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. Last Updated: 07/27/2016

Basayev Takes Credit for Suicide Bombings

Chechen warlord Shamil Basayev said Monday that his men were responsible for last week's suicide bombings in Chechnya, while separatist leader Aslan Maskhadov distanced himself from the violence.

The attacks last Monday and Wednesday killed at least 77 people, mostly civilians.

"By the grace of Allah, mujahedin fighters from our suicide ... brigade carried out two successful operations against the Russian occupiers and their local lackeys," Basayev said in a statement published by the Kavkaz Tsentr rebel web site.

Basayev said the attacks were "a tiny part" of a new campaign against what the Kremlin calls its "anti-terrorist operation" in Chechnya.

"And, God willing, this whirlwind will rage everywhere," he said.

Maskhadov, in response to questions submitted by Reuters, said he would never have sent his men to kill innocent people or Chechens working for the local pro-Moscow administration.

"I am totally convinced that those who kill Chechnya's civilians operate under the umbrella of Russian special forces with the aim of discrediting Chechen resistance fighters," he said.

Maskhadov said his fighters were gearing up for a "summer campaign" to "clear our land of the occupiers."

Deputy Prosecutor Sergei Fridinsky said Monday that investigators suspected three women had taken part in the suicide bombing at a religious ceremony Wednesday, and that attack and a truck bombing two days earlier may have been planned by the same people.

Fridinsky said a "pretty big sum of money" had been sent from abroad to carry out terrorist acts in Chechnya.

The militants were coming from abroad as well, he said. "There currently is a group of up to 700 people who periodically conduct military activity and travel from Chechnya to the Pankisi Gorge in Georgia and back again," Fridinsky said.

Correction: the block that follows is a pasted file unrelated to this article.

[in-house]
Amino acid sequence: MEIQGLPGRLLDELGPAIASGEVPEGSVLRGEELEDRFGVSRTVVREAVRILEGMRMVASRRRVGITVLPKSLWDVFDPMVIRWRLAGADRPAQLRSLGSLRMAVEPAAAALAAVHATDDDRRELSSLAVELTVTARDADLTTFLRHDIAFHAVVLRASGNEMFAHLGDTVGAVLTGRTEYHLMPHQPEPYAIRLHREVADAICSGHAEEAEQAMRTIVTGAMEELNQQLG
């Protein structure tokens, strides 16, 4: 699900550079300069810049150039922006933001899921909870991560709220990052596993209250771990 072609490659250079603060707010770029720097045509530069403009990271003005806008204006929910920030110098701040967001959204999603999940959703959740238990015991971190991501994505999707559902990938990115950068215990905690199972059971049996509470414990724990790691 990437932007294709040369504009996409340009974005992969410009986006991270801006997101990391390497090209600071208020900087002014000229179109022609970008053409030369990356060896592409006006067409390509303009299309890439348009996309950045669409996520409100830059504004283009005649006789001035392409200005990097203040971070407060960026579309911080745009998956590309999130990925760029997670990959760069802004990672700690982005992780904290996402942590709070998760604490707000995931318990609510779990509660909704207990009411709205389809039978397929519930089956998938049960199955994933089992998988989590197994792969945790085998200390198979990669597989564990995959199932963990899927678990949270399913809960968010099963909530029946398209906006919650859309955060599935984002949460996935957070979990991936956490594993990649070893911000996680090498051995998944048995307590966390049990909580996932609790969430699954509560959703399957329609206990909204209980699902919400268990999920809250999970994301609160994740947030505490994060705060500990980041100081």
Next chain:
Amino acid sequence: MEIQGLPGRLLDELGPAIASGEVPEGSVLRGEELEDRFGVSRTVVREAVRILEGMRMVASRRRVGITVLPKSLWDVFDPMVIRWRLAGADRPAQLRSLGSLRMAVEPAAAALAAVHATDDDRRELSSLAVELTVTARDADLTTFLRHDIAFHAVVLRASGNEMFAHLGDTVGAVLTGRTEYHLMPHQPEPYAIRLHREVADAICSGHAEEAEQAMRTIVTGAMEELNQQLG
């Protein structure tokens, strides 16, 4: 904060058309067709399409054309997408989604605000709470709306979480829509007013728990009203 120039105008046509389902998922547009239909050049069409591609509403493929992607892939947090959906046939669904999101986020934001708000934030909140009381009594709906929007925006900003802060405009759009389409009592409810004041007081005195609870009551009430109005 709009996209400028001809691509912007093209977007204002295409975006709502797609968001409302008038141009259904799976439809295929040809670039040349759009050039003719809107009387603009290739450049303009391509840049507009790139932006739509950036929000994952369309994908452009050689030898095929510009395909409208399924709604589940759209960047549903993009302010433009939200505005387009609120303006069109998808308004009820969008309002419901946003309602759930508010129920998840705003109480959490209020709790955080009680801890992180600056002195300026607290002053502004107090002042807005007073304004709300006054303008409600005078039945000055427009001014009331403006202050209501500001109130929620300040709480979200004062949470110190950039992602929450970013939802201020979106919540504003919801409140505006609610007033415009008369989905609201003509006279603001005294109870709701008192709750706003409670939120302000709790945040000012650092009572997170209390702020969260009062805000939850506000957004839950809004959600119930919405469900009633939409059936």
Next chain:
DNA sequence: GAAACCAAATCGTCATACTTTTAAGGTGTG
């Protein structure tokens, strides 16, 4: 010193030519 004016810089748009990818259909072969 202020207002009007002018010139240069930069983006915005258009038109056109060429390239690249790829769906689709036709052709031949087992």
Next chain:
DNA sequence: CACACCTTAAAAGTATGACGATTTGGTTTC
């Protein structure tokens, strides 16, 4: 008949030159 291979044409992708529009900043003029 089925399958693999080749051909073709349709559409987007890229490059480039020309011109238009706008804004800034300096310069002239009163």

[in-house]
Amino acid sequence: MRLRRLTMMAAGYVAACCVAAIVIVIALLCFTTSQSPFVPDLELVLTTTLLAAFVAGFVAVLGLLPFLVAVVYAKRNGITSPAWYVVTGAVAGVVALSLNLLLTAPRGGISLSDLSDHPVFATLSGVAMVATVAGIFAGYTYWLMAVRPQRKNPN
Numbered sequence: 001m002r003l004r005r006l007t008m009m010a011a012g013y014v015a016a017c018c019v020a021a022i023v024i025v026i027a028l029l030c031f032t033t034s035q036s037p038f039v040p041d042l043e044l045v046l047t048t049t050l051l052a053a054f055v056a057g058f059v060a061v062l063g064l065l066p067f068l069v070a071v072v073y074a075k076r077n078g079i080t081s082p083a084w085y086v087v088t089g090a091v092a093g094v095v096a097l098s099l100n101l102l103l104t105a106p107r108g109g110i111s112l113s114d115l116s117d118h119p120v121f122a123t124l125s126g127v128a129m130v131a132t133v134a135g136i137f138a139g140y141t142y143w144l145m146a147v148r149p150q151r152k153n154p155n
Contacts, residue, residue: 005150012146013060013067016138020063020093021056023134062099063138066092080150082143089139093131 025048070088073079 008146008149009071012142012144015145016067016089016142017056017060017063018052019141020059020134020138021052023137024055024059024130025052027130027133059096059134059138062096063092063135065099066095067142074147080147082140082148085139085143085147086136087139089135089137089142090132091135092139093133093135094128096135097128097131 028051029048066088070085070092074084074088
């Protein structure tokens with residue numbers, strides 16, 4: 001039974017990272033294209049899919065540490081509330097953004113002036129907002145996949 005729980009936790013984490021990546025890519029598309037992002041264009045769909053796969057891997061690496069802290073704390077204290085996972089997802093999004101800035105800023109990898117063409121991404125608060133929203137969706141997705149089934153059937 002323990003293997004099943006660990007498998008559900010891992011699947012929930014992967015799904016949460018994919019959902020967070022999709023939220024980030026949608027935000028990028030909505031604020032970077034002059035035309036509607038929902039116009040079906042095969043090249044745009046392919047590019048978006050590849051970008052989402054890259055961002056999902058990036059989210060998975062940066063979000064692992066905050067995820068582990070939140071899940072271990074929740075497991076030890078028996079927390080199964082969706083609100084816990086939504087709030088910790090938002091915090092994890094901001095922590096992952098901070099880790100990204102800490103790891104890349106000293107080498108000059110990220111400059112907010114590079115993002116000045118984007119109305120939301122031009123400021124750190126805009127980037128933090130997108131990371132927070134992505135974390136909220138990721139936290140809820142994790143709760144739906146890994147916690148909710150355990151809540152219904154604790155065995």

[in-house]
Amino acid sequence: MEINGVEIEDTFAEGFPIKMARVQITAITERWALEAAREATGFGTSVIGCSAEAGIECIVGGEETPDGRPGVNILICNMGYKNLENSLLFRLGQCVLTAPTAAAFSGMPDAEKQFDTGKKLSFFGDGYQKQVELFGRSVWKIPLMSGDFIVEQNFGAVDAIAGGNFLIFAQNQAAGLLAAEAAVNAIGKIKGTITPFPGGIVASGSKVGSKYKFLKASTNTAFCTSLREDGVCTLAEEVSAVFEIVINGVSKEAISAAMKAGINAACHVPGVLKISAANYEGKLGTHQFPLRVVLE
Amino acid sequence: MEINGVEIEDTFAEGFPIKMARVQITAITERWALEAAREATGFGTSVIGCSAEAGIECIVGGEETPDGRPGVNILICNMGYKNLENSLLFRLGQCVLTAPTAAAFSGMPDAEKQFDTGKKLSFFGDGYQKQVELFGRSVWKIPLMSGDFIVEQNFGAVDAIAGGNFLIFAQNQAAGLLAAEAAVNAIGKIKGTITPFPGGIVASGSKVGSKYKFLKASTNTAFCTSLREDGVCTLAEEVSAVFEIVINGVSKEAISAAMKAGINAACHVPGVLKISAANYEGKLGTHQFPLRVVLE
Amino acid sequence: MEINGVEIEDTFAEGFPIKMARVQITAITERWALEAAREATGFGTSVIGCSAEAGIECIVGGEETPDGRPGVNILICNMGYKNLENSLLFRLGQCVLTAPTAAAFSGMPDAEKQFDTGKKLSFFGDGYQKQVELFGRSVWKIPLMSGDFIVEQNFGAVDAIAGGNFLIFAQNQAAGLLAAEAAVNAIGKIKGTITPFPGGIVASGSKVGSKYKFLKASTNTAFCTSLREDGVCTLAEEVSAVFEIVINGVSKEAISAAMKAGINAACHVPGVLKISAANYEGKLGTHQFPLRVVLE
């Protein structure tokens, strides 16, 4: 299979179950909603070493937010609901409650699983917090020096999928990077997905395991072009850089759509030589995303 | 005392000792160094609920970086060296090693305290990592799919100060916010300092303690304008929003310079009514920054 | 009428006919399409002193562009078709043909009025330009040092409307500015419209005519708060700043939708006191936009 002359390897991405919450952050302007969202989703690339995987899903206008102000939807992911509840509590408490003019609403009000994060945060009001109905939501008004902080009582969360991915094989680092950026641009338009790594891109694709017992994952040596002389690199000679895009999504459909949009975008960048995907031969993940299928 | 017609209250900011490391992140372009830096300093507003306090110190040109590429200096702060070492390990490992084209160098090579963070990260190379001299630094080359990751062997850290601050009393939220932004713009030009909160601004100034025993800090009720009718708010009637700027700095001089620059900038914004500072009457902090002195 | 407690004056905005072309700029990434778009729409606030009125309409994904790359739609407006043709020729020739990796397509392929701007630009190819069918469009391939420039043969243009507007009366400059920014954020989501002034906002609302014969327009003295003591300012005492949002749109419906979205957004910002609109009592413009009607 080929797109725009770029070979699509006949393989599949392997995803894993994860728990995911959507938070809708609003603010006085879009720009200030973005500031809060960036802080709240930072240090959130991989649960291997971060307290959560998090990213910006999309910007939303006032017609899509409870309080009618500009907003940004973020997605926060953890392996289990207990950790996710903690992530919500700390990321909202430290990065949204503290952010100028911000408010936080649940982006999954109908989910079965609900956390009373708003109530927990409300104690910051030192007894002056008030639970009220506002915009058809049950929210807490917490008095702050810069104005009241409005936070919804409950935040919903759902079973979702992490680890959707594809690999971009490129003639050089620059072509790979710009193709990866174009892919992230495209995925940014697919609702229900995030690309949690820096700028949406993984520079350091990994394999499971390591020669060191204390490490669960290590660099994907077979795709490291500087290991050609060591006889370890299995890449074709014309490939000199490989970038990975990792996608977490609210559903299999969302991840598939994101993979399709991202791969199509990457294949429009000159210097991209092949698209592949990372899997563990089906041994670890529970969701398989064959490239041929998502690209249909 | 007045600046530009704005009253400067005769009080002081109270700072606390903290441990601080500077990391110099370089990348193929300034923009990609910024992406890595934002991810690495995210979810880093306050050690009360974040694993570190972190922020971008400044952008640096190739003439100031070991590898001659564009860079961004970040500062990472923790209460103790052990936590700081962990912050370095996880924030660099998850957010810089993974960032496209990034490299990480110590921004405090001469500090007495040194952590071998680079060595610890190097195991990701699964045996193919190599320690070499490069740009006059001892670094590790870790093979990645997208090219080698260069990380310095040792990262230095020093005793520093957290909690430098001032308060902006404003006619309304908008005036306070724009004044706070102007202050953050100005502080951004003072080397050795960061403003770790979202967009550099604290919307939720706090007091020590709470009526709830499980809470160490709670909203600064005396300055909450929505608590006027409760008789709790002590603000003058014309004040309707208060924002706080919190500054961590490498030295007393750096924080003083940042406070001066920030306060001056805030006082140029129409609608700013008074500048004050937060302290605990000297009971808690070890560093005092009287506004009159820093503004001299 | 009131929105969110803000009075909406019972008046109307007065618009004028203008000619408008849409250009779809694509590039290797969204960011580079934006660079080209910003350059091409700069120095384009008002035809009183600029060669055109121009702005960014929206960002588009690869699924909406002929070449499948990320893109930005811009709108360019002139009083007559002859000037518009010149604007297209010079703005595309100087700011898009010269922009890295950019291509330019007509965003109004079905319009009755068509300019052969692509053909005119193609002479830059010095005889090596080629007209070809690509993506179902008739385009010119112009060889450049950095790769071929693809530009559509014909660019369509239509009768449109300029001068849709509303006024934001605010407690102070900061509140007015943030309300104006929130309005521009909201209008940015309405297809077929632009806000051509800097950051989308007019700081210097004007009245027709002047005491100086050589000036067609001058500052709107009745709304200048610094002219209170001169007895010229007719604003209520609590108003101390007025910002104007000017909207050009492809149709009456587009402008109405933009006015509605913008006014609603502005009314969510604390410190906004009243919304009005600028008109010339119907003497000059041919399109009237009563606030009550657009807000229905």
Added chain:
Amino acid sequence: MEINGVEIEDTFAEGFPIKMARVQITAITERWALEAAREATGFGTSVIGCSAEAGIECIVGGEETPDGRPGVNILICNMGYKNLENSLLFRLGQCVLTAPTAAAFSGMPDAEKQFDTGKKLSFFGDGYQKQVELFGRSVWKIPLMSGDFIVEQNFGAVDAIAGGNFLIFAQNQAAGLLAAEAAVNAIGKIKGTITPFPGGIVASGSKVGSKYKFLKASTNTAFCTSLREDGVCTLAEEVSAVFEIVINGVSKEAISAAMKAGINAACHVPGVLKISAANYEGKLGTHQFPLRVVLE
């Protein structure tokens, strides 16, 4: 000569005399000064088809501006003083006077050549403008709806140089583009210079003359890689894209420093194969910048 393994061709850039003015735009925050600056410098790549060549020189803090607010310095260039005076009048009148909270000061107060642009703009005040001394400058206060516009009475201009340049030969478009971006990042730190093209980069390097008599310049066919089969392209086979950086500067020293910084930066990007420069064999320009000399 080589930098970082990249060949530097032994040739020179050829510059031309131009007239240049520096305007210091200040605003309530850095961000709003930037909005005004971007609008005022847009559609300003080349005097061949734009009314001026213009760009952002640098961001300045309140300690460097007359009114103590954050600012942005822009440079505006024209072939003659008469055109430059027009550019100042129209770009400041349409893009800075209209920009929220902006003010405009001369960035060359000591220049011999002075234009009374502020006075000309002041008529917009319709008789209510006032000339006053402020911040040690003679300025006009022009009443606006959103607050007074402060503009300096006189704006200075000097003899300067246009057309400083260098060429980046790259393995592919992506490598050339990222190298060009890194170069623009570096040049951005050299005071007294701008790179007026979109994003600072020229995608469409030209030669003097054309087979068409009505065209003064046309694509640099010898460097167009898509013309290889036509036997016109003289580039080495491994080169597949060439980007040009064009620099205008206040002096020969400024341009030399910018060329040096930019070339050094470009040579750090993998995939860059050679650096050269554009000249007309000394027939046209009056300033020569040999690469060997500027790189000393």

Russian-Georgian relations have long been strained over the rebel presence in the gorge and Georgia's rejection of Moscow's demands to let its troops flush the rebels out. Georgia launched an operation last summer to search the gorge for suspected militants, but Moscow called the operation largely useless.

Tensions faded after President Vladimir Putin and Georgian President Eduard Shevardnadze agreed last fall on some joint measures to improve security on the border, and after Georgia extradited several suspected rebels whom it had detained.

However, Georgia's Supreme Court ruled on Friday that three alleged Chechen rebels should not be extradited to Russia and said they should stand trial in Georgia instead.

Defense Minister Sergei Ivanov accused Georgia of reneging on a high-level agreement to extradite suspected rebels to Russia.

"I see the Georgian side's latest judicial decision not to extradite them as a failure to fulfill the agreement that had been achieved," Ivanov was quoted by Itar-Tass as saying.

Meanwhile, a Chechen regional police chief was killed overnight in a clash with rebels, Itar-Tass and Interfax reported. Shakhid Muguyev, chief of police in the southern Vedeno region, was killed by automatic weapons fire. Muguyev had been on the job only two months, Interfax said.

(AP, Reuters)